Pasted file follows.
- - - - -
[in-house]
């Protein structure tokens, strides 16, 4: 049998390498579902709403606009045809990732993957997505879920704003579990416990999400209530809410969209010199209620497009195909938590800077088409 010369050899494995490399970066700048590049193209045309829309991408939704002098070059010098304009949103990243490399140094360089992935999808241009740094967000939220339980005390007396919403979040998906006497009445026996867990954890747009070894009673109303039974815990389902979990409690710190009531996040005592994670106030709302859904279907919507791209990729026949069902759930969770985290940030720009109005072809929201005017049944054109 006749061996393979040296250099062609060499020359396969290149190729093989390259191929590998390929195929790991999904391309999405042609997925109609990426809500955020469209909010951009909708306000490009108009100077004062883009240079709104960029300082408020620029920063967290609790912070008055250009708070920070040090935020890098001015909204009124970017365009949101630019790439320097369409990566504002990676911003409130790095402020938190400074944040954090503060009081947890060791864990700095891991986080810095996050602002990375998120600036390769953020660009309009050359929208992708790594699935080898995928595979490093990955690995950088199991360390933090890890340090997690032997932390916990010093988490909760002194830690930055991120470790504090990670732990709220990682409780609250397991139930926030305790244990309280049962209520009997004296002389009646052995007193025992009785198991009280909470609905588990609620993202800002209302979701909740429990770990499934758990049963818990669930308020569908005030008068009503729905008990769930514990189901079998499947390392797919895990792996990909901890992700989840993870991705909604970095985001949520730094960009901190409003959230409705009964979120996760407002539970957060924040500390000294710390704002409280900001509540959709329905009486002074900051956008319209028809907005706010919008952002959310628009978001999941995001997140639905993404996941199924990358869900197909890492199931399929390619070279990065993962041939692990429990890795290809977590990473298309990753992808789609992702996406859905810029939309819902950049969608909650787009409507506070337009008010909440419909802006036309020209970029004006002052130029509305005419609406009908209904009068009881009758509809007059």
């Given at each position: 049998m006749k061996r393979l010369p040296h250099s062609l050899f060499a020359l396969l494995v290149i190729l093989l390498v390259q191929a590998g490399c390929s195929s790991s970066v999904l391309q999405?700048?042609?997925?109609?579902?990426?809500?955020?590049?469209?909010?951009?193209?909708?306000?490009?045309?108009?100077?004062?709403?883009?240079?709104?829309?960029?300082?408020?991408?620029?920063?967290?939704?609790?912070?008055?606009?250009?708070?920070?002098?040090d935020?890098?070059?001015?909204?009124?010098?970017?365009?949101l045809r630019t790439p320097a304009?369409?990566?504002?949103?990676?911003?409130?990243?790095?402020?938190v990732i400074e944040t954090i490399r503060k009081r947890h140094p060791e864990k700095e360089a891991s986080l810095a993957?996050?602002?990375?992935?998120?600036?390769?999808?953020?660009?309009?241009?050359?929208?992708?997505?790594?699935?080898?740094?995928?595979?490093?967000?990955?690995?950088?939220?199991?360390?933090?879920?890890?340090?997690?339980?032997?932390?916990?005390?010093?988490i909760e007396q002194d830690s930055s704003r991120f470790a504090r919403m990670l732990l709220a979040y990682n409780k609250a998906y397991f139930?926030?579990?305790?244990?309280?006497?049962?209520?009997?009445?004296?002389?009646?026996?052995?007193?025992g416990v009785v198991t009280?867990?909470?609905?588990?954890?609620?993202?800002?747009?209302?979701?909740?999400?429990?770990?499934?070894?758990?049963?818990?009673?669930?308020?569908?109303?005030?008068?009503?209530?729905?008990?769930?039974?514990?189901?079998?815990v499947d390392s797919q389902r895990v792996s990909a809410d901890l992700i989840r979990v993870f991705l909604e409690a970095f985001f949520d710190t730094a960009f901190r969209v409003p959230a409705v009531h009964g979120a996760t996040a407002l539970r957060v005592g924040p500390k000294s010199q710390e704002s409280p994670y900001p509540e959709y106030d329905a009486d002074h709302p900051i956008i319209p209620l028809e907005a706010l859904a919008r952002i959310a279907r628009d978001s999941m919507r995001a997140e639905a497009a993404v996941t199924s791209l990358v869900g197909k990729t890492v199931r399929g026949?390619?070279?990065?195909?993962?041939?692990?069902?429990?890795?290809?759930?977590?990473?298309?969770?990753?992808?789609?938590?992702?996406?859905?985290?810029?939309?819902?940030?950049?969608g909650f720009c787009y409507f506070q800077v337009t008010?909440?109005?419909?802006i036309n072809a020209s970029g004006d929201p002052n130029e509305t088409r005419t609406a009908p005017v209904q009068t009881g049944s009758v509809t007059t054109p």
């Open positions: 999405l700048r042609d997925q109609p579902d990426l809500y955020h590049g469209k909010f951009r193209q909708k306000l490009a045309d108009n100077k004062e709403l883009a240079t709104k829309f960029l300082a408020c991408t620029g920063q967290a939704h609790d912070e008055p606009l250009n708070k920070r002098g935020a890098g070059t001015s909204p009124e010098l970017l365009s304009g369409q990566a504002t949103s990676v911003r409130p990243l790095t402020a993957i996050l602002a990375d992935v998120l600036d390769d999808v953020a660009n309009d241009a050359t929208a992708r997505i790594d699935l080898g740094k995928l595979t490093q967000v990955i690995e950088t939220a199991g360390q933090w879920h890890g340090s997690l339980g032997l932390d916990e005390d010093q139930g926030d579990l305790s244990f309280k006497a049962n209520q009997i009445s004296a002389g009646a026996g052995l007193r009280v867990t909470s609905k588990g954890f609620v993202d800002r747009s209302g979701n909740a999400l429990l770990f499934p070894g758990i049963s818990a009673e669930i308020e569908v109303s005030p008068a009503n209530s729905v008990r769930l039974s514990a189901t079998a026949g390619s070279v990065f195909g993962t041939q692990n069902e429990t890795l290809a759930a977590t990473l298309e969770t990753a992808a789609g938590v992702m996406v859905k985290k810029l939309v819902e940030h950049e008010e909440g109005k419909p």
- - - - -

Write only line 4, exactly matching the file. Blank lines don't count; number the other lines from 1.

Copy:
């Open positions: 999405l700048r042609d997925q109609p579902d990426l809500y955020h590049g469209k909010f951009r193209q909708k306000l490009a045309d108009n100077k004062e709403l883009a240079t709104k829309f960029l300082a408020c991408t620029g920063q967290a939704h609790d912070e008055p606009l250009n708070k920070r002098g935020a890098g070059t001015s909204p009124e010098l970017l365009s304009g369409q990566a504002t949103s990676v911003r409130p990243l790095t402020a993957i996050l602002a990375d992935v998120l600036d390769d999808v953020a660009n309009d241009a050359t929208a992708r997505i790594d699935l080898g740094k995928l595979t490093q967000v990955i690995e950088t939220a199991g360390q933090w879920h890890g340090s997690l339980g032997l932390d916990e005390d010093q139930g926030d579990l305790s244990f309280k006497a049962n209520q009997i009445s004296a002389g009646a026996g052995l007193r009280v867990t909470s609905k588990g954890f609620v993202d800002r747009s209302g979701n909740a999400l429990l770990f499934p070894g758990i049963s818990a009673e669930i308020e569908v109303s005030p008068a009503n209530s729905v008990r769930l039974s514990a189901t079998a026949g390619s070279v990065f195909g993962t041939q692990n069902e429990t890795l290809a759930a977590t990473l298309e969770t990753a992808a789609g938590v992702m996406v859905k985290k810029l939309v819902e940030h950049e008010e909440g109005k419909p």